Big Restaurant Shakeup
Goro & Gun co-owner bows out: Best ramen dreams never came true, but a great foodie bar is still standing
Goro & Gun co-owner Joshua Martinez has left his role at the restaurant to concentrate on running his food truck The Modular. Martinez tells CultureMap that the change has been coming since he relaunched the food truck in February.
Goro was one of the first of the new wave of bars and restaurants to emerge on Main Street, and Martinez has been one of the strongest advocates for the latest attempt to revitalize downtown's nightlife.
"We are honestly parting amicably," Martinez says. "I think that downtown is working. More people are moving down there. I’m very excited for (business partners) Brad (Moore) and Ryan (Rouse) and all the projects they have coming up. Those guys have really helped me."
"Because it’s such a small space and we built such a big bar, we want it to be a bar that impresses people with its food. We think it could certainly act more like a bar."
Moore echoes Martinez's sentiments, saying the move evolved naturally once Martinez returned to the food truck. "It’s not that big of a deal," Moore says. "I talked to him maybe once a week now. We’re still friends and everything, but I see him socially more than business-wise."
As for Goro, Moore is confident it's in good hands. "When Josh started doing the truck, (chef) JD (Woodward) and (bar manager) Alex (Gregg) took over the operations of the restaurant. That’s the way it’ll be," Moore explains. "Me and Ryan are trying to do the least work we possibly can," he adds with a laugh.
Martinez shares similar sentiments. "Alex Gregg is a great person and has a great talent. He is going to do great things with Goro and any other projects he has," Martinez predicts. "JD Woodward is a beast. He took a food program that had its legs swept out from under it and was able to make something that anyone in Houston could be proud of."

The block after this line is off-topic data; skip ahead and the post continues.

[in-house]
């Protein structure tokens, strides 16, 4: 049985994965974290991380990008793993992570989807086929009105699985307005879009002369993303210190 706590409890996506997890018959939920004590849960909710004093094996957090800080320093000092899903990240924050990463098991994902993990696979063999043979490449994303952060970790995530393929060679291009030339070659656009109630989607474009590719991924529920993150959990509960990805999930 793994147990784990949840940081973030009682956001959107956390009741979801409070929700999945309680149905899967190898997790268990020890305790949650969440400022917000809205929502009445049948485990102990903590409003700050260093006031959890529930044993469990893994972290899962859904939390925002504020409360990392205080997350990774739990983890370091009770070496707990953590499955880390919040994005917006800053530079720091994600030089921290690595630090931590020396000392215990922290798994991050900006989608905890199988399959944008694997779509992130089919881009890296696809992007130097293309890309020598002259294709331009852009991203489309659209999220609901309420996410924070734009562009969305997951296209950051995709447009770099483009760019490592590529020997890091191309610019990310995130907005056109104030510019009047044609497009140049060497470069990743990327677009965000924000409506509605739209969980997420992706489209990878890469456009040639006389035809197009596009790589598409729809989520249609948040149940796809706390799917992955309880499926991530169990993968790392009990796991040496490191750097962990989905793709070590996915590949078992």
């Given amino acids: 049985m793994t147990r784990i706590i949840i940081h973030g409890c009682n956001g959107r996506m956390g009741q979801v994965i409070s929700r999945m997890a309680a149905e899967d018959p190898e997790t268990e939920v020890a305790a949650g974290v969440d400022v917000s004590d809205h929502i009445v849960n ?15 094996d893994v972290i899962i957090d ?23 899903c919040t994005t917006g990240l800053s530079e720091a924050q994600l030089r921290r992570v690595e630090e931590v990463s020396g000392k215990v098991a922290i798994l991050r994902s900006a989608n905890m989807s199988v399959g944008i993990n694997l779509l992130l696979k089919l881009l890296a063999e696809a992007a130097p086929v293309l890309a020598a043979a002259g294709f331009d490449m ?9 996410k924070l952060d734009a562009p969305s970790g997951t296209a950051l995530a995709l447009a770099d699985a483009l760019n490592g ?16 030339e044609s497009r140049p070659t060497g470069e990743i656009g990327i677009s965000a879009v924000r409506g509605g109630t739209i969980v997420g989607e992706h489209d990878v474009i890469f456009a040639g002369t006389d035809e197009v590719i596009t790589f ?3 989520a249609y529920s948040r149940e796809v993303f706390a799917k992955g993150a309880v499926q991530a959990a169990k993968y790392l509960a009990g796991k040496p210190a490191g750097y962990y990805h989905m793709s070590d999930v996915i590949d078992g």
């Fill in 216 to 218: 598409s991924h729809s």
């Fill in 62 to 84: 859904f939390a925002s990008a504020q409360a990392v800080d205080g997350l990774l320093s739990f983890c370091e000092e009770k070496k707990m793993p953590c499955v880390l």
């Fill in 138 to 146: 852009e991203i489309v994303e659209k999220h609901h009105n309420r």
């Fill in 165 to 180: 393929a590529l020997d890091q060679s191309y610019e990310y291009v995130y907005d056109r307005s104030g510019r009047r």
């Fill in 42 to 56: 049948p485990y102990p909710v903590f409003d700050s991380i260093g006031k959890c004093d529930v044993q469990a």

Although both Moore and Martinez emphasize the amicable nature of the separation, some tension gets hinted at by examining Martinez's intentions for Goro versus how its evolved over its year-plus existence. When it opened, Martinez intended for Goro to be known for serving ramen that could compete with the best in the country, but the dish never came together under either Woodward or founding chef David Coffman.
In one sense, Chinatown restaurant Tiger Den's mix of ramen and grilled skewers has better filled Goro's original intentions in Houston's culinary landscape.
Under Woodward's leadership, Goro has evolved away from a pure restaurant and towards being a bar with great food, even earning a nod from Texas Monthly as one of 2013's best new bars. Moore says he's pleased with that status. "Because it’s such a small space and we built such a big bar, we want it to be a bar that impresses people with its food," Moore says. "We think it could certainly act more like a bar. If you think people are perceiving it as a bar, good, we’ll take it.
"Me and Ryan are bar people. This restaurant thing has been a roller coaster. Josh taught us how to run a restaurant."
Meanwhile, Martinez says he'll be concentrating on The Modular but has warm feelings about his time at Goro. "I’m grateful for the experience. I’m happy to see downtown thrive from where it was to where it is now, and its future. I’m happy to have had a part in doing that," he says.
"I get to focus on my own personal projects and The Modular. It’s got a lot of places it will be in the next year, multiple festivals. In and out of Houston."